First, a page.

Skills... A post Brexit shared responsibility
Updated: Aug 6, 2019
Robbie Blackhurst at Procure Partnerships explains why the industry needs to show greater commitment to plugging the widening skills gap, particularly through financial support, as Brexit and the inevitable impact on EU workers get closer. In recent years, the construction industry has heard much about the skills shortage crisis, with unions recently condemning UK construction training, but we’ve seen little in the way of actually solving the problem.
Action, not just criticism, to protect our industry
If we want to build a talented, home-grown workforce then the way we train simply has to change. Whether young people are learning to lay bricks, manage construction sites or design buildings, trainees need to be engaged through on-the-job training and rewarding experiences.
Despite recent union criticism of construction courses, changing how we train is no simple task. With the U.K still lingering in austerity, schools and colleges continue to face budget cuts, and this often means a decrease in money for NVQ training, as well as teachers. With less staff available, it’s often impossible for education providers to deliver on-site learning safely, which means it doesn’t happen at all.
One positive is that the training issue has been recognised by Government. In the Chancellor’s Spring Statement, a £29m construction skills fund was announced for the purpose of creating 20 ‘skills villages’ across the country, which will focus on hands on learning, delivered on live site environments.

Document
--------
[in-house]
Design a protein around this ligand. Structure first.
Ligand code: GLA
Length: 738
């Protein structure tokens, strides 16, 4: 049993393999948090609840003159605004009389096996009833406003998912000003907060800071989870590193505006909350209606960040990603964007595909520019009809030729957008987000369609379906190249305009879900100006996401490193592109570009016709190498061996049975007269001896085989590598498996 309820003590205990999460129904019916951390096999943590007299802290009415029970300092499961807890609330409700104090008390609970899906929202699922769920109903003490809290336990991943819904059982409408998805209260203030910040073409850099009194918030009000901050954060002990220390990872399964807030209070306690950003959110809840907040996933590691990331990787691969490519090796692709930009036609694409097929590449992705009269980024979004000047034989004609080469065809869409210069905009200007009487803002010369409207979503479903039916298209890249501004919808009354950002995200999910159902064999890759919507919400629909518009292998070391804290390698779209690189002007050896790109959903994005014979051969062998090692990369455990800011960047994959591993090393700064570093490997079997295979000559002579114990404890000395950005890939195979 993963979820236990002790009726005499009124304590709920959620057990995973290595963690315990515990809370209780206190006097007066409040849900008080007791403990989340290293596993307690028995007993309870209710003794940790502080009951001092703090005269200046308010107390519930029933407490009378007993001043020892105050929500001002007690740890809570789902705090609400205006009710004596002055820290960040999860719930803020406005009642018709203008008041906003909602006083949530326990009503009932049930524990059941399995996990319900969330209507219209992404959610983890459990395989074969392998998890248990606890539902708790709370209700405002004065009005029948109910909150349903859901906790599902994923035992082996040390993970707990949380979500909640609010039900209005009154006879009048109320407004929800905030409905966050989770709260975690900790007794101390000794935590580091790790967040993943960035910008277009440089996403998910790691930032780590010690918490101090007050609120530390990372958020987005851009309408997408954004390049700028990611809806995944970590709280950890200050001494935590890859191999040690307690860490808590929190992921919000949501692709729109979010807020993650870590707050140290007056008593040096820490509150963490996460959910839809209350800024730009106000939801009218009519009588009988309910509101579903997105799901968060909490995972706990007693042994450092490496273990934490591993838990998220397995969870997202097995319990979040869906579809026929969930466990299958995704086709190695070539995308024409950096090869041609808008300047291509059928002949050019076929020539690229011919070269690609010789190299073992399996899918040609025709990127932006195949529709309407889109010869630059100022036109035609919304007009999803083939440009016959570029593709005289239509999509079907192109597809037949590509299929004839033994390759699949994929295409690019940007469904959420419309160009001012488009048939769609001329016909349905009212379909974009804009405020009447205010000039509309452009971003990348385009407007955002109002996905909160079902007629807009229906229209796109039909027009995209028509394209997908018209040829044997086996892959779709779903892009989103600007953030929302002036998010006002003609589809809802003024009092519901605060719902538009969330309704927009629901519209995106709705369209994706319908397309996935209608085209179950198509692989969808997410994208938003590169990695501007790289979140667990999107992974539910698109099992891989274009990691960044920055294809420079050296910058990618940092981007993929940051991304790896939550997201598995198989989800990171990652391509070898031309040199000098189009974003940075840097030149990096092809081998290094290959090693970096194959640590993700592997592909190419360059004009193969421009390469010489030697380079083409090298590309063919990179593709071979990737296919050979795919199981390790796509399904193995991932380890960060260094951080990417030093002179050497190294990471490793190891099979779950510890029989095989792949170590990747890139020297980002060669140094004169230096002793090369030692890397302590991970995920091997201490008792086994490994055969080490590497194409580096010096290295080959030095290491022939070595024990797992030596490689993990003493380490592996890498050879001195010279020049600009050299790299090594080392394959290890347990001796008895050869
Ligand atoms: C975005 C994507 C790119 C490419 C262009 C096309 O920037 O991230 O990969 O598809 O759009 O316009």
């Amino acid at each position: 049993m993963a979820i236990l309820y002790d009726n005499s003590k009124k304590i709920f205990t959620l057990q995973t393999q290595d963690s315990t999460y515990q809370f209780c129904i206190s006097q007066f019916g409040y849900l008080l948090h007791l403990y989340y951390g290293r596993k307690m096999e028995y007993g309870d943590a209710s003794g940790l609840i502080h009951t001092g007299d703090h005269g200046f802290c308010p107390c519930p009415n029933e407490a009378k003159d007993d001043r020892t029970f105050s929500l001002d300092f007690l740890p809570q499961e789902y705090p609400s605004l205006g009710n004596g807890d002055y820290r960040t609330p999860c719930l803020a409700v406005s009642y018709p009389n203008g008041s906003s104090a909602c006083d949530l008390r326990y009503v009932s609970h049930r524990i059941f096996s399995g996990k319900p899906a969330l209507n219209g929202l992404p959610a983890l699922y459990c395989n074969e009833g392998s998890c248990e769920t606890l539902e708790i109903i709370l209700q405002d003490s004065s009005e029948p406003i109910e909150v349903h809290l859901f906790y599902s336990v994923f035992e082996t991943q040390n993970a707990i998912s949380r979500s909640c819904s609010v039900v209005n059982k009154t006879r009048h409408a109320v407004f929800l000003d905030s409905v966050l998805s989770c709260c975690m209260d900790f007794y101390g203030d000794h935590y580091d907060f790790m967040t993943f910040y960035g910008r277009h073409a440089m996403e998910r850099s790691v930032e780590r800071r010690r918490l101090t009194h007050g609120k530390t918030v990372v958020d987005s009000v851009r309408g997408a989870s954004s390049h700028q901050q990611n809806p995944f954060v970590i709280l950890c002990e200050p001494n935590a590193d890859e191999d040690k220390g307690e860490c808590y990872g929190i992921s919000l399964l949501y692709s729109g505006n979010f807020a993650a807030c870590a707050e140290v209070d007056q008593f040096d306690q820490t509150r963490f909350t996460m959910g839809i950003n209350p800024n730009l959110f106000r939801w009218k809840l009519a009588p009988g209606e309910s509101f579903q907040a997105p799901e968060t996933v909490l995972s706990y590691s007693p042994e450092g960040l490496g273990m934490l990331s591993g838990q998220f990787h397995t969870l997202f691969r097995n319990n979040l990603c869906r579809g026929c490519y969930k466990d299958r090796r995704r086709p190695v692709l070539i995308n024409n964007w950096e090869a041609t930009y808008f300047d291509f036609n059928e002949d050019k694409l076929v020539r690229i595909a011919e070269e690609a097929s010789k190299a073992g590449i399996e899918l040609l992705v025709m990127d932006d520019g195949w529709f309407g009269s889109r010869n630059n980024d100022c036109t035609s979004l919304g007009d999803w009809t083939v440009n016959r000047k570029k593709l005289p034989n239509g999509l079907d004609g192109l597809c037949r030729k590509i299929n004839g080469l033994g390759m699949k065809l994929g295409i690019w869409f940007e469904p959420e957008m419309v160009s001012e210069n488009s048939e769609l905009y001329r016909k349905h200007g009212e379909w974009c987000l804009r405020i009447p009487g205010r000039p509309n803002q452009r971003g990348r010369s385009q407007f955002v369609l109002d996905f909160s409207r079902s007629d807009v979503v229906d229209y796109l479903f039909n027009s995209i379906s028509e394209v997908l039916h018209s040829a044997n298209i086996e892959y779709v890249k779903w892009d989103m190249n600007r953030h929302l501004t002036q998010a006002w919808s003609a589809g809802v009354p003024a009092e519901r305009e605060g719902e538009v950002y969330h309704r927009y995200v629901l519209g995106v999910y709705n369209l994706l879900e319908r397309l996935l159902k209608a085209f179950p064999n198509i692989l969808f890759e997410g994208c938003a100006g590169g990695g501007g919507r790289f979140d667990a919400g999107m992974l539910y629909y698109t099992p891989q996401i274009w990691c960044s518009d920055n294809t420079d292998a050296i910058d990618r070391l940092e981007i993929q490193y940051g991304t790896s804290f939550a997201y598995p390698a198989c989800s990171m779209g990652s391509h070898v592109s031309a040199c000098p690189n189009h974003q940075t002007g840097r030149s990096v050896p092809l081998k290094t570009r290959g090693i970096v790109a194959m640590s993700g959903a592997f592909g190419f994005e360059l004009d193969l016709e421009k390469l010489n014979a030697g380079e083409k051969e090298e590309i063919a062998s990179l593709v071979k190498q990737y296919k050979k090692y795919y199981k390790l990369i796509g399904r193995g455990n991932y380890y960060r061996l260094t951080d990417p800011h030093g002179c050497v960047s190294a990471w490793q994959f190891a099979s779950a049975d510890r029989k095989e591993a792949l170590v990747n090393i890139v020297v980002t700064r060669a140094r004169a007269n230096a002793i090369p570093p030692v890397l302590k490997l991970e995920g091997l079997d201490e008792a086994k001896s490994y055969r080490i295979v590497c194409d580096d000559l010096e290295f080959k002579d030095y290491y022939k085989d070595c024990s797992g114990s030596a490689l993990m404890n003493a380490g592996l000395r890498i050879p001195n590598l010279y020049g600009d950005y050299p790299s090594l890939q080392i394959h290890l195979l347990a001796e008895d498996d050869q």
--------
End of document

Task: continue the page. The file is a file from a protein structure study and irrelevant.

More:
At these skills villages, students will learn alongside trained professionals, picking up key skills and knowledge from those with real industry experience. As well as providing immersive learning, these sites, and the apprentices being trained on them, will be showcased to local employers, opening up career opportunities and getting young people straight into work.
With funding for better training, classroom-based courses and the lack of employment opportunities that have often disengaged young people with construction, can be avoided, attracting a new and diverse workforce.
While new government funding is a welcome boost, the public sector can’t revolutionise the way we attract, recruit and train the next generation of skilled construction workers alone. The private sector needs to help in any way it can and it’s time it stepped up its commitment to the challenge.
Frameworks have the opportunity to help protect the future of the industry and the people within it, by making sure that a responsibility for skills is shared. This can begin with an obligation to hire apprentices written into framework agreements, ensuring that more young people get real-site experience. Acting as a middle ground between the public and private sectors, frameworks can also encourage communication between public sector bodies and contractors when it comes to training, leading to a more cohesive approach to tackling the skills crisis.
We’re directly funding training courses, with a percentage of our framework fee being donated to helping more young people access apprenticeships and develop the skills the sector so desperately needs.
Recognising and sharing a responsibility for skills not only benefits young people and the state of the industry, but also the businesses and communities that depend on the future projects that cannot be built without people with the right skills.